Every month in October the disability Cerebral Palsy is celebrated and brought to the attention of millions of people via, social media. Where children, adults, and families proudly wear the color green to symbolize the green ribbon that represents Cerebral Palsy, I am a strong believer that there is absolutely power in numbers. As it stands right now, 17 million people have a form, of Cerebral Palsy. And I am proud to say that I am one of the 17 million to have it.

Cerebral Palsy is the most common childhood disabilities out there today. It is caused by damage to the fetal or infants brain that prevents the brain from developing properly. It can occur from damage before, during, or within five years of birth. Sometimes, it is caused by medical negligence. In these cases, parents can seek compensation for their child and they would need to contact a cerebral palsy, klumpke palsy and erbs palsy attorney.

In case you were not already aware, cerebral palsy lawsuits require evidence that the condition could have been prevented by a more attentive medical team or a better facility. For this to be established, an investigation will need to show that the medical staff or facility showed signs of neglect or malpractice and that the child exhibited some signs or symptoms of a birth injury. Consequently, you can learn more about cerebral palsy lawsuits by taking a look at some of the resources on legal websites such as LawTX for example.

All of that being said, what is not common among the general population is the various misconceptions about Cerebral Palsy (CP.) And those misconceptions can range from our ability to have careers and families, to living an independent life that includes shopping for our own food to driving our own cars. While it is true adaptations would obviously have to be made, but we do not lose the ability to live our own lives, simply because we have a disability. If I am being totally honest with you, it wasn’t until I began to take both my advocacy work, and my writing seriously enough to consider it a career for myself down the line, that I saw having Cerebral Palsy as less as a happenstance and more a unique set of abilities and all around tool I could use to get my voice heard, and seen as an equal in the internet arena easily then I could in society. The reason I believe that society is so hard to accept anything or anyone who is “different” is yes, the unknown does bring a dose of fear with it, but also because They simply don’t know enough to separate whatever it is the person(s) may have and see them as a human being first.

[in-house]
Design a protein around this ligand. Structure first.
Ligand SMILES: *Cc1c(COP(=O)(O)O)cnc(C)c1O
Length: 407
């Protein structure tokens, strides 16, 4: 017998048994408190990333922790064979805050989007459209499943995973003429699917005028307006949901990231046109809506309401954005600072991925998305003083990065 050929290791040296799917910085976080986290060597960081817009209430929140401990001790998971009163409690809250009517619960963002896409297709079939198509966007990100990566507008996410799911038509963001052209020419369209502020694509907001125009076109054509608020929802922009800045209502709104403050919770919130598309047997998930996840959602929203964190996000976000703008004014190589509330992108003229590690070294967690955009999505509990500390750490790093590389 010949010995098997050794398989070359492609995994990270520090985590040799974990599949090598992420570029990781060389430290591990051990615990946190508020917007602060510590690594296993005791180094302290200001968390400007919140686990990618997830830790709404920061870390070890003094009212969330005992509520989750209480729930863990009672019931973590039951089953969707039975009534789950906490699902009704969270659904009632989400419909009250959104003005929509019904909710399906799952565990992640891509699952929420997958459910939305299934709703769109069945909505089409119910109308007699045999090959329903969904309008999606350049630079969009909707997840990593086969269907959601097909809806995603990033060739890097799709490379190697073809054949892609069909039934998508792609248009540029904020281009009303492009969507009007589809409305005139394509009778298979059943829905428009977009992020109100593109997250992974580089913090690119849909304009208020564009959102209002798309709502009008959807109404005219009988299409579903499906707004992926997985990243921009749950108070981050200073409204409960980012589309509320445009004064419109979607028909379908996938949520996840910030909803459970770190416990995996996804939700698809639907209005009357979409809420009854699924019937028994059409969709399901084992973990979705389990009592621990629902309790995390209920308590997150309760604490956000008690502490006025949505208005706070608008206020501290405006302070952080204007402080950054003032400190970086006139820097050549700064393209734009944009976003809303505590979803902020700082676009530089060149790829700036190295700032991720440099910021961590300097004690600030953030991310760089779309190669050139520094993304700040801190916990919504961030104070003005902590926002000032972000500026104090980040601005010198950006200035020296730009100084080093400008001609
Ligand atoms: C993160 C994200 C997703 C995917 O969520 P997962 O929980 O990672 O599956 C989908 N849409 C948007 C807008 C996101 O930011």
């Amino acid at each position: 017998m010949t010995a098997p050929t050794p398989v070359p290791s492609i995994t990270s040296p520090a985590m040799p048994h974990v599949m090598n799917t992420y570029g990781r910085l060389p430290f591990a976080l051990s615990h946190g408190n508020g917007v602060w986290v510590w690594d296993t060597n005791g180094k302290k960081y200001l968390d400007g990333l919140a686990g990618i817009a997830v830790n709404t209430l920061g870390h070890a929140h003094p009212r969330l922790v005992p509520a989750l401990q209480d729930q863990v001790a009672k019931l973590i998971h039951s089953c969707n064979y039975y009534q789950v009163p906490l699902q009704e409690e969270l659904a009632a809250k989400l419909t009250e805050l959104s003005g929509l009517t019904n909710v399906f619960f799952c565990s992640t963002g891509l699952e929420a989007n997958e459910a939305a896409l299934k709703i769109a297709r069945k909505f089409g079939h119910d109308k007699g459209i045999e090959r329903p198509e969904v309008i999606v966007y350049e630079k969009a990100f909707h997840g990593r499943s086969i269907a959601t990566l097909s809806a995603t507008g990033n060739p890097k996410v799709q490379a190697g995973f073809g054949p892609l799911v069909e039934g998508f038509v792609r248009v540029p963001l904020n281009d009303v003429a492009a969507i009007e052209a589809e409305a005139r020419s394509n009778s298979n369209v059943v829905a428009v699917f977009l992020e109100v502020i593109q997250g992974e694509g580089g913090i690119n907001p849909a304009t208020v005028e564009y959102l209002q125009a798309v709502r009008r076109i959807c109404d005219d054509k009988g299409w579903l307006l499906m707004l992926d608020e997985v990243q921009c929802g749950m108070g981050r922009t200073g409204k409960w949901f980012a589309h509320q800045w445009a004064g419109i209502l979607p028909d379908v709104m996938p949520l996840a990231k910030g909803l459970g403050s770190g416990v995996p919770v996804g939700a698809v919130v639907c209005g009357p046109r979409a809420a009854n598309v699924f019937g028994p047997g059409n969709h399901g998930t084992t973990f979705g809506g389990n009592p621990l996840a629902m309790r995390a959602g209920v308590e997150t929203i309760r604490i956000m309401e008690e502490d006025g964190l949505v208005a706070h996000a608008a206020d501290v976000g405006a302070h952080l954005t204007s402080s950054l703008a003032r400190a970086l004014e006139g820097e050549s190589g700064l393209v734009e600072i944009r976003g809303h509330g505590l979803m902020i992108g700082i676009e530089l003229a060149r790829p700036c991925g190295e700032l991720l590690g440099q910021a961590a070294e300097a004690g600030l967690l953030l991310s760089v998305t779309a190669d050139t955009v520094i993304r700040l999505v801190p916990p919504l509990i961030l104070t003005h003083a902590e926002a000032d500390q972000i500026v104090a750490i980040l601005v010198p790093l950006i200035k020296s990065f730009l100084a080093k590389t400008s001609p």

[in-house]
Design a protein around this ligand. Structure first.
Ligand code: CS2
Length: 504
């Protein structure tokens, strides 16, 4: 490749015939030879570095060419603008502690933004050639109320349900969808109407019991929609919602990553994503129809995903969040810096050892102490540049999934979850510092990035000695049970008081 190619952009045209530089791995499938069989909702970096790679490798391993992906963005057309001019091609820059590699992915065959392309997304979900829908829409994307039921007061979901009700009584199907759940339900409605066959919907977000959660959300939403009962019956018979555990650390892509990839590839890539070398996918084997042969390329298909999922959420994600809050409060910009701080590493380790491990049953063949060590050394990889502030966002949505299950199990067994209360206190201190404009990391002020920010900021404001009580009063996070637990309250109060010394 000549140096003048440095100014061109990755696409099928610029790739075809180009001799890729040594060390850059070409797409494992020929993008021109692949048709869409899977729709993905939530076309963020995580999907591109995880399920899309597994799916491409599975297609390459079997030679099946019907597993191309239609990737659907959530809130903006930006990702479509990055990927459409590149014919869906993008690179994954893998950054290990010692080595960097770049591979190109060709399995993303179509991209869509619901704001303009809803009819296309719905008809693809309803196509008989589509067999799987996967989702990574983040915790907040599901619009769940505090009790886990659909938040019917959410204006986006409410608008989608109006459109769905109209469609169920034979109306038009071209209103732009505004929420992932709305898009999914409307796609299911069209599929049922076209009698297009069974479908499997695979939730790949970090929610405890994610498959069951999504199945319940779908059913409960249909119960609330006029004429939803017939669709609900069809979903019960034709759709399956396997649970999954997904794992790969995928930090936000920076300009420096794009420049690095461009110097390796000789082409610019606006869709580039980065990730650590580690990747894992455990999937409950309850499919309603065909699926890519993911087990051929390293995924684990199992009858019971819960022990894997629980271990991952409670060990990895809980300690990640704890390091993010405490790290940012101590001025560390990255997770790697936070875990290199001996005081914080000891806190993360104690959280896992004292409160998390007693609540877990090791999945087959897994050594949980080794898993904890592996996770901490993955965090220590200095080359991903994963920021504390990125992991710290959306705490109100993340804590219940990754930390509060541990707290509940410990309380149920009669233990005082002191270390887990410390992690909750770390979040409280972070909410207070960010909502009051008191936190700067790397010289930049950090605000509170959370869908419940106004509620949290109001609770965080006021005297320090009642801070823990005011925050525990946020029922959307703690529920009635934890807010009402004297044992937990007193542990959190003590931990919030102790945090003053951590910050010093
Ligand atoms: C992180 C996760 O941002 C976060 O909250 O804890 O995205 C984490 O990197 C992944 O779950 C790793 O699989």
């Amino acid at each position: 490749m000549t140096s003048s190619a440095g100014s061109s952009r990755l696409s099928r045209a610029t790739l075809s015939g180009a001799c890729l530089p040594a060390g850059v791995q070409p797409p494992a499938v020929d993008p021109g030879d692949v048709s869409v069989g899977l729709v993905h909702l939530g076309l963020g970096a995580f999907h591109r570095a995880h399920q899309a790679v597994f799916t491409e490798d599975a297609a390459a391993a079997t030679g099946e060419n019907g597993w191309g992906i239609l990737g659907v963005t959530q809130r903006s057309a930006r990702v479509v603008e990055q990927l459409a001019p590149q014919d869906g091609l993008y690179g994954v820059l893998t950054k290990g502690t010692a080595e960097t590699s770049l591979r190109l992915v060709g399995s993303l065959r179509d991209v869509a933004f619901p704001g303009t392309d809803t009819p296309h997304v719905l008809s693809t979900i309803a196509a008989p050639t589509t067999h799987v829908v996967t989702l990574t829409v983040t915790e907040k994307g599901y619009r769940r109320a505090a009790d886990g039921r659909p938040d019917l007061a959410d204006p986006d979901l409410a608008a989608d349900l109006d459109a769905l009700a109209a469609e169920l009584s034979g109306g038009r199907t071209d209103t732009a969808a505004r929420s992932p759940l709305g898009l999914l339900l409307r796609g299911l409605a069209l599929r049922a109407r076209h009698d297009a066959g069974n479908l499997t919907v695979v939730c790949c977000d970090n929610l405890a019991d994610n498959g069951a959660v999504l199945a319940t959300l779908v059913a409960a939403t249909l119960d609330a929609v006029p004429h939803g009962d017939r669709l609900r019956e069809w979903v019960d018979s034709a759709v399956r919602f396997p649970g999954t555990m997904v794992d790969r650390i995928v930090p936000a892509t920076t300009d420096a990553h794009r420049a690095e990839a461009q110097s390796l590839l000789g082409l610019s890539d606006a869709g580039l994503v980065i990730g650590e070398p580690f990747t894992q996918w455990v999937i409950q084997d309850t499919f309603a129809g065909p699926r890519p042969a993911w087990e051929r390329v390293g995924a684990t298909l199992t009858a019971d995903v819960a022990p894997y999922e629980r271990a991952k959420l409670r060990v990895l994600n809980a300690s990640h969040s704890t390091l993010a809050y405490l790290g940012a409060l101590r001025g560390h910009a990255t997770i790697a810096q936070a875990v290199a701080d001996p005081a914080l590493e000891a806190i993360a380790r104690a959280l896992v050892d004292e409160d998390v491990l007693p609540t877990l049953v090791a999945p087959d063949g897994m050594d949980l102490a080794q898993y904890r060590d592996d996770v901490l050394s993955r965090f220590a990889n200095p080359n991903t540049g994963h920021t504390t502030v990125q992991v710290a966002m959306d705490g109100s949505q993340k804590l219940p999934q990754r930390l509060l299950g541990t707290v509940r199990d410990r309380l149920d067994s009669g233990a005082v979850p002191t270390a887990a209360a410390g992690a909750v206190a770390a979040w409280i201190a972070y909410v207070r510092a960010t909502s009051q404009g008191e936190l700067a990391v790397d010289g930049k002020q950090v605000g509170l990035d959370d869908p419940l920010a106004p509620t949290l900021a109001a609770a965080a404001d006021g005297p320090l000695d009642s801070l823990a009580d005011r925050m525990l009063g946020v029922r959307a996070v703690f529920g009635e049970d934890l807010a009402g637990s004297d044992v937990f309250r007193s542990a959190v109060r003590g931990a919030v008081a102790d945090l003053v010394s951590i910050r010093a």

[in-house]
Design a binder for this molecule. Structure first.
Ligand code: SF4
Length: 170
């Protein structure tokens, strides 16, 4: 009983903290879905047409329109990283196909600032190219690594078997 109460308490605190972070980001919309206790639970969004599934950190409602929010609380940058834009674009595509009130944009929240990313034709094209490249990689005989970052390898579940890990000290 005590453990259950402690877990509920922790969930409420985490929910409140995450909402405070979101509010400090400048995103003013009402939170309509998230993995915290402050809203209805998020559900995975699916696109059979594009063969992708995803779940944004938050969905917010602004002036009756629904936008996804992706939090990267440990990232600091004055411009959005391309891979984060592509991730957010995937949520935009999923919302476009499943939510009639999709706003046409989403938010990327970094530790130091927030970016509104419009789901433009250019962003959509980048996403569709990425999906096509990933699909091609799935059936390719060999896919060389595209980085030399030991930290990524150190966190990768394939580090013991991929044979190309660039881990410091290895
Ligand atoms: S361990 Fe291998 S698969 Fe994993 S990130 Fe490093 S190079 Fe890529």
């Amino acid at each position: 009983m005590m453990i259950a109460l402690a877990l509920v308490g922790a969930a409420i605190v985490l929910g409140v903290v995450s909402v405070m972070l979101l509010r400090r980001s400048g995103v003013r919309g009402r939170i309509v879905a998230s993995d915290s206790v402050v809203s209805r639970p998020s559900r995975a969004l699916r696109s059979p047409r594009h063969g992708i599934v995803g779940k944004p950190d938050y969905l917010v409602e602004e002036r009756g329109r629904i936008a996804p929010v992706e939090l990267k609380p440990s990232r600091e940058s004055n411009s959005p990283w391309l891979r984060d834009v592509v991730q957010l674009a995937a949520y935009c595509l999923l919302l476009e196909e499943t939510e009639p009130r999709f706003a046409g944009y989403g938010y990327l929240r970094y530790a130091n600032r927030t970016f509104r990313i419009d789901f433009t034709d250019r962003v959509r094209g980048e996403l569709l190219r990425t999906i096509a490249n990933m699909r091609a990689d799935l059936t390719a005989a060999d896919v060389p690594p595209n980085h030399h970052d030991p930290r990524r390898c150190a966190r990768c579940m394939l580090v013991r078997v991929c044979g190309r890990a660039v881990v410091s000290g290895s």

That’s why bringing awareness to Cerebral Palsy and the disability community as a whole is so much more than just the color green to me. To me, it means there are 17 million people who have fought and continue to fight, strive and withstand unthinkable odds against them to live a life that is not only in theirs, but it is also their right to want to better themselves in world that is supposedly made for everyone but excludes anything and everyone that they can not relate to or understand. I have said before that when you are born into adversity that you do not know how not to fight. And that is or should be the motto of the CP community in my opinion.

Yes, it is true there are moments where I wish I could break up with my CP. But, I know that when I have these infamous “CP moments” that they are simply here to remind me that I am human; that I have moments just like anyone else would. And that these moments are only here to strengthen me more and not weaken me like I believe they are doing at the time. No challenge or obstacle you’re given in your life will be easy to solve, and you may or may not solve said challenge or obstacle right away, but once it because a part of you rather than something that is always against you it can be something really worthwhile and beautiful to have within your possession. And to think that mine just so happens to have a simple color in its equation is pretty cool.

Having CP, and being open about my journey with it has taught me so much about myself. For instance, Finding my own voice. And how impactful and powerful that feels to me being that I am a woman with a disability. I truly meant it when I said that your voice is what the world needs to hear. Because everyone has their own story; with their own meaningful story to tell. And with that story comes personal experiences and knowledge that while no one knows about but you can still be a teaching tool for someone else.

So, while I support the color green and why 17 million people including myself wear it. I also support the message that follows that has nothing to do with a color or a ribbon, but rather the person(s) that live with, deal, manage, and adapt with having Cerebral Palsy every day of their lives. That are the true symbols of awareness and hope for the future in my opinion. It is because of these 17 million people that having Cerebral Palsy, (CP.) Means more than just wearing the color green.

If we as a community, truly want to bring awareness for Cerebral Palsy, then we have to use our unique abilities that I truly believe CP gives us, and do what we can to bring about the impact and change we want so badly for our community. Let’s represent beyond the color green, and represent as a unified community with one unified and very powerful voice. After all, we are people before we are disabled. So, let’s start showing that we are human and equal just as much as the able-bodied community. Let’s start moving beyond the color green, and start moving toward a movement that can not be so easily dismissed or scrolled past by society. Let’s start making Cerebral Palsy Awareness more about a reminder to wear green in support, but rather than start the process of actual inclusion among and in society and the general public.